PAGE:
The city’s affordability crisis threatens to drive down the price of the creative class
Thursday, April 28, 2022 by Chad Swiatecki
Leaders in the area’s entertainment and sporting events industries see trouble ahead if the city can’t address affordability issues that are forcing artists and working-class audiences to relocate to nearby suburbs.
Highlighting the rising cost of living, transportation and other infrastructure issues, this month’s Urban Land Institute of Austin breakfast panelists pointed out that as the city expands in As a destination for tourists and big business, its reputation as a creative mecca is threatened by rising median incomes and house prices.
Veronica Cantu, vice president of marketing for the new downtown Moody Center arena, said home prices steadily climbing above half a million dollars are limiting options for long-time residents and newcomers. newcomers who don’t have six-figure incomes thanks to the influx of tech companies to the region.
“We rated the creatives and we rated the artists, and to me that’s a huge red flag for the future of the city. When you do that, all you have is the same. Now, you can only really afford to live here if you’re into tech, and with that, diversity in central Texas is starting to come at a price,” she said. “The median house is now around $550,000, and in our industry you can’t afford that, so you have to get married or have a dual income. This creates a similarity between people who can afford to live here.
Cantu said these concerns impacted his role, as fans of music and other working-class live events may not have enough disposable income for tickets, and he was becoming increasingly more difficult to find employees to fill the many jobs available in the establishment.
Bobby Epstein, a partner at the Circuit of the Americas racetrack and concert venue, said the developer and real estate professionals in attendance could get an easy return by building housing near the track and paying the $20 million estimated to expand the national highway to two lanes. which has become a regular choke point for fans attending events. He said the lack of housing, retail and public services in the area near COTA and Austin-Bergstrom International Airport must be addressed as population growth moves through the area.
“What I couldn’t appreciate was the lack of services for people in southeast Austin. When you look at equitable growth and see where Project Connect has drawn its lines, it follows the lines of existing populations and wealth,” he said. “There are very few services there and no restaurant within two miles of where we are in the city of Austin, as well as no public transportation and bus routes to serve the area. .. no grocery store, no hospital, and we are as close to downtown as the other side of the Domaine.”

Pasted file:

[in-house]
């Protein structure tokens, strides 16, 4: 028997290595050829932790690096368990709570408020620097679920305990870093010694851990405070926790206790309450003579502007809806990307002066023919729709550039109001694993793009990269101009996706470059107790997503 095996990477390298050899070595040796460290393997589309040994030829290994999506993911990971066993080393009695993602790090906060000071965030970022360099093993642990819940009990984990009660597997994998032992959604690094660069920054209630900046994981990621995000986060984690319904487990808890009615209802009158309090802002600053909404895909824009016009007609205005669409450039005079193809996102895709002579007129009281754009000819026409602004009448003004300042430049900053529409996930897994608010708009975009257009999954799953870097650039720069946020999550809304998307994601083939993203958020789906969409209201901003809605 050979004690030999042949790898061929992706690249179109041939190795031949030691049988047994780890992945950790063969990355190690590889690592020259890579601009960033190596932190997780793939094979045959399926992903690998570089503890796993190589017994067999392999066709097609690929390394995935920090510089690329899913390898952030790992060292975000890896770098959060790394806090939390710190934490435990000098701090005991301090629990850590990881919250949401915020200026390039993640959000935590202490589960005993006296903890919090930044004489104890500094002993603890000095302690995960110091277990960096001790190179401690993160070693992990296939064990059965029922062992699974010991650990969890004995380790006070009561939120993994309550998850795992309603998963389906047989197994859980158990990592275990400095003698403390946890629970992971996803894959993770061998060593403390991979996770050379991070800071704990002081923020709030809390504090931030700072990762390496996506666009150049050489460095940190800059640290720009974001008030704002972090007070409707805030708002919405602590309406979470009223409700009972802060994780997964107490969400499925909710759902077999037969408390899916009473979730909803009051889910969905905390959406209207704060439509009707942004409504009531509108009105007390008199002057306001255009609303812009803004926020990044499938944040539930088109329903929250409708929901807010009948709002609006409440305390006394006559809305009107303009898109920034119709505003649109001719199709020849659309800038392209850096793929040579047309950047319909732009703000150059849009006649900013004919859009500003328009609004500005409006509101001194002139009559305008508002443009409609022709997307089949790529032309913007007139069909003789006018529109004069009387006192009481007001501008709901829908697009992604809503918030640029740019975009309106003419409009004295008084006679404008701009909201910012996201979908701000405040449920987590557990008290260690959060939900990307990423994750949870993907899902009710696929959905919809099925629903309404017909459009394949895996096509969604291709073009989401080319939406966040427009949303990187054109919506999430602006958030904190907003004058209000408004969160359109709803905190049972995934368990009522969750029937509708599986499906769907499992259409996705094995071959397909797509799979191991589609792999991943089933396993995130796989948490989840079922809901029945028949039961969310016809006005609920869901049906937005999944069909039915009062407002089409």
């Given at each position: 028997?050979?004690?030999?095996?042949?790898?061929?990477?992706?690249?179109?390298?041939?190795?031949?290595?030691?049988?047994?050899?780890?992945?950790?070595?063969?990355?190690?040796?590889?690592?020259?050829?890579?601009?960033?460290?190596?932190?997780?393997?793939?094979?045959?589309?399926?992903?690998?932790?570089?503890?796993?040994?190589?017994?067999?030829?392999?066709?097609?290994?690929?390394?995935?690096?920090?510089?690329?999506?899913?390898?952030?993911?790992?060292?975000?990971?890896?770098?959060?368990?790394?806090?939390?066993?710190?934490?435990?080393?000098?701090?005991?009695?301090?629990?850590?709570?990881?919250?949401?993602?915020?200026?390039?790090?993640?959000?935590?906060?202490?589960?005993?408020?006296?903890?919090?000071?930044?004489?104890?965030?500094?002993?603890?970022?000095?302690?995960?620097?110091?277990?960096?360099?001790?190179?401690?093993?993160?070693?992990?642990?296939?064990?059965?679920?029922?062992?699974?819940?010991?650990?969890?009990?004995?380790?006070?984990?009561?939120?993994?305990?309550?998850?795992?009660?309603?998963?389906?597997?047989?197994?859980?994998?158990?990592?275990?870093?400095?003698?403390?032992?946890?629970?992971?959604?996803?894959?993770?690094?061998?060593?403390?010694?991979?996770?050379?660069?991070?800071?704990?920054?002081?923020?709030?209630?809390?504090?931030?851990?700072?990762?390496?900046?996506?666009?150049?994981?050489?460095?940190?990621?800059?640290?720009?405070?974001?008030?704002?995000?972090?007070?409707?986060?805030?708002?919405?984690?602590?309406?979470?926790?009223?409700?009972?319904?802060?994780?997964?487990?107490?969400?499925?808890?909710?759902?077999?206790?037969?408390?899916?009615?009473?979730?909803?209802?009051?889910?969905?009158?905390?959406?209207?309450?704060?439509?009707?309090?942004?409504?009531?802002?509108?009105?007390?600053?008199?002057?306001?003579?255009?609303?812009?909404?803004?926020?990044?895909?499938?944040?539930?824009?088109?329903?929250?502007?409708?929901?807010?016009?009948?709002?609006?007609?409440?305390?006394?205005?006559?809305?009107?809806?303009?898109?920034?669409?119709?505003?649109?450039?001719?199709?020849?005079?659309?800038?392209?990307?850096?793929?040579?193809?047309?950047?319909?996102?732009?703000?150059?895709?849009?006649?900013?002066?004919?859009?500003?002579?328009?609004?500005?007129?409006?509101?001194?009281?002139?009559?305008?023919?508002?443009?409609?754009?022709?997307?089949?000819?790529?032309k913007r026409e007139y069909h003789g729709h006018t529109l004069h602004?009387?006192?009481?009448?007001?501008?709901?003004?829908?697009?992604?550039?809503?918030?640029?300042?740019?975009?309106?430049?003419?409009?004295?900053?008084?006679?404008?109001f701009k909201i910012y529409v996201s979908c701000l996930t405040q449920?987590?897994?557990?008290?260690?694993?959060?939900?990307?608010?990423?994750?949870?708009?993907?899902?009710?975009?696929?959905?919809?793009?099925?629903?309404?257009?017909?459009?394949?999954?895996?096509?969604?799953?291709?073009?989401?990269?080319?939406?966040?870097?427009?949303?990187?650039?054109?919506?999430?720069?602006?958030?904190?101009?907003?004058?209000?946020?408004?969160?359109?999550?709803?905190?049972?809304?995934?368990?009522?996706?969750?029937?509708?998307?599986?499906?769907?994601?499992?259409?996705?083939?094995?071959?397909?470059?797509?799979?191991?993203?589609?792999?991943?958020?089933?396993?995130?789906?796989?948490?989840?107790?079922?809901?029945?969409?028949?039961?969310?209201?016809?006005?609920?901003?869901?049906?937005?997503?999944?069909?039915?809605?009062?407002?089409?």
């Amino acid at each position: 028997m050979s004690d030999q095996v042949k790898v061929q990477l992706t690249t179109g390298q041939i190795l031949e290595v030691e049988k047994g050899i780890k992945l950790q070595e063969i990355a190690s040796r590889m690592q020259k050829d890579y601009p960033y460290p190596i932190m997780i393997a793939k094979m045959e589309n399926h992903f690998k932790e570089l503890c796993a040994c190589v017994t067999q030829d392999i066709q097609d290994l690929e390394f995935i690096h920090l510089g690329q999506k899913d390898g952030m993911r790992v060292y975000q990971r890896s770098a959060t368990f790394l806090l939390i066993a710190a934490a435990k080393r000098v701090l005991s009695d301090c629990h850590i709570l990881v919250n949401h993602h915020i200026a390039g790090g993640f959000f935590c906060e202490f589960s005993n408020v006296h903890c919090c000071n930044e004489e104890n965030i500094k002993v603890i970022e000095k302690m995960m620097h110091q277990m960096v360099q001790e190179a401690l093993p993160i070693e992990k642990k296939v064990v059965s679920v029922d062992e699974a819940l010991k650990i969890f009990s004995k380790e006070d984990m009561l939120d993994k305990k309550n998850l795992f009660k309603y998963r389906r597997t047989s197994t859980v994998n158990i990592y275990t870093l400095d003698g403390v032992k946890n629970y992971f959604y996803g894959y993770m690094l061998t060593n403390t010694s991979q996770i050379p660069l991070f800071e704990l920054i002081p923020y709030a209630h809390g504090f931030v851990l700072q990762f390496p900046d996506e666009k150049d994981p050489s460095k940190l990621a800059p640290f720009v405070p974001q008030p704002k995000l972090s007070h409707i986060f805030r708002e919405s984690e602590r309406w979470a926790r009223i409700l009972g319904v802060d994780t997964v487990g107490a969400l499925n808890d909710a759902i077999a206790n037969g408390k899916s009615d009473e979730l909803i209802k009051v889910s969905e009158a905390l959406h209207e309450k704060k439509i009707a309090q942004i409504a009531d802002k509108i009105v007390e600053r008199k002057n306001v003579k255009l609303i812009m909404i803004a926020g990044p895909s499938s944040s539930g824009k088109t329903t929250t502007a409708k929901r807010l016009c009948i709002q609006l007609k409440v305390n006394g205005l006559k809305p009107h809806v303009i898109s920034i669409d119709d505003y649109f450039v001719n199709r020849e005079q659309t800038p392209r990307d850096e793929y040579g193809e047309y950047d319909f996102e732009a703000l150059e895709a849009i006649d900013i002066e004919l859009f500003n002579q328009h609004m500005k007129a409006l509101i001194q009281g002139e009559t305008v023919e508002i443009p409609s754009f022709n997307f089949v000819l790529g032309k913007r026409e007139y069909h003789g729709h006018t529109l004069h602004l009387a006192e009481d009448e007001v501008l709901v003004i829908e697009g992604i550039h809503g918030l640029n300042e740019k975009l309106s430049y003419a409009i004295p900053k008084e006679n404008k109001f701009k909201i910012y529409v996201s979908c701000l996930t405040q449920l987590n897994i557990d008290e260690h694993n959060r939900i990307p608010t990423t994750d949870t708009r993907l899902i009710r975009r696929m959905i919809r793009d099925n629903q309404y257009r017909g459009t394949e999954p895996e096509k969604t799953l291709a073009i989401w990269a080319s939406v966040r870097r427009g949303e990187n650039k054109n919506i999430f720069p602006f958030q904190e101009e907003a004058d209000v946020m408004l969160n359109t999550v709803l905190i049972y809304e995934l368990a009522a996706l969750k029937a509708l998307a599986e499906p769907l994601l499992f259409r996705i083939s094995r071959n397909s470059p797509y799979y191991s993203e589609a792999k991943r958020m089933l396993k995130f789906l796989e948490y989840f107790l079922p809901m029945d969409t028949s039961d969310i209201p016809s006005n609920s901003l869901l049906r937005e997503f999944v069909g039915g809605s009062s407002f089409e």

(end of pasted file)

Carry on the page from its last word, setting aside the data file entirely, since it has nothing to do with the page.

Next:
Epstein said he sees promise in the number of high-rise residential projects underway downtown, as these units will attract some of the wealthy buyers who might otherwise be looking to buy into the city’s limited supply of single-family homes.
Pointing to Austin’s laid-back heritage from the start ‘90s movie LazyHugh Forrest, director of programming for South by Southwest, said young adults no longer have a variety of homes and places where they can comfortably exist and follow their passions without aggressively pursuing business or professional interests.
“The best thing for creativity is to have a place where people in their twenties can live affordably, and that’s definitely one of the biggest challenges for the city going forward. They do nothing but end up coming up with creative ideas. I don’t think we have places in the city of Austin where 20-year-olds can sit and do whatever they’re going to do to think about what they’re going to do in the future, and c is a concern of mine,” he said.
“We need more affordable housing solutions for our creative class. This will be a central question in the upcoming mayoral race and there are no easy answers. We also need to improve our transportation systems because if you can’t afford to live in Austin and you have to move to Pflugerville or Buda or somewhere else, then you have to travel long distances to get into the city we have now. .”
Photo made available via a Creative Commons license.
the austin monitorThe work of is made possible through donations from the community. Although our reports occasionally cover donors, we are careful to separate commercial and editorial efforts while maintaining transparency. A full list of donors is available here, and our code of ethics is explained here.
Join your friends and neighbors
We are a non-profit news organization and we put our service first. This will never change. But public service journalism requires the support of the community of readers like you. Will you join your friends and neighbors in supporting our work and our mission?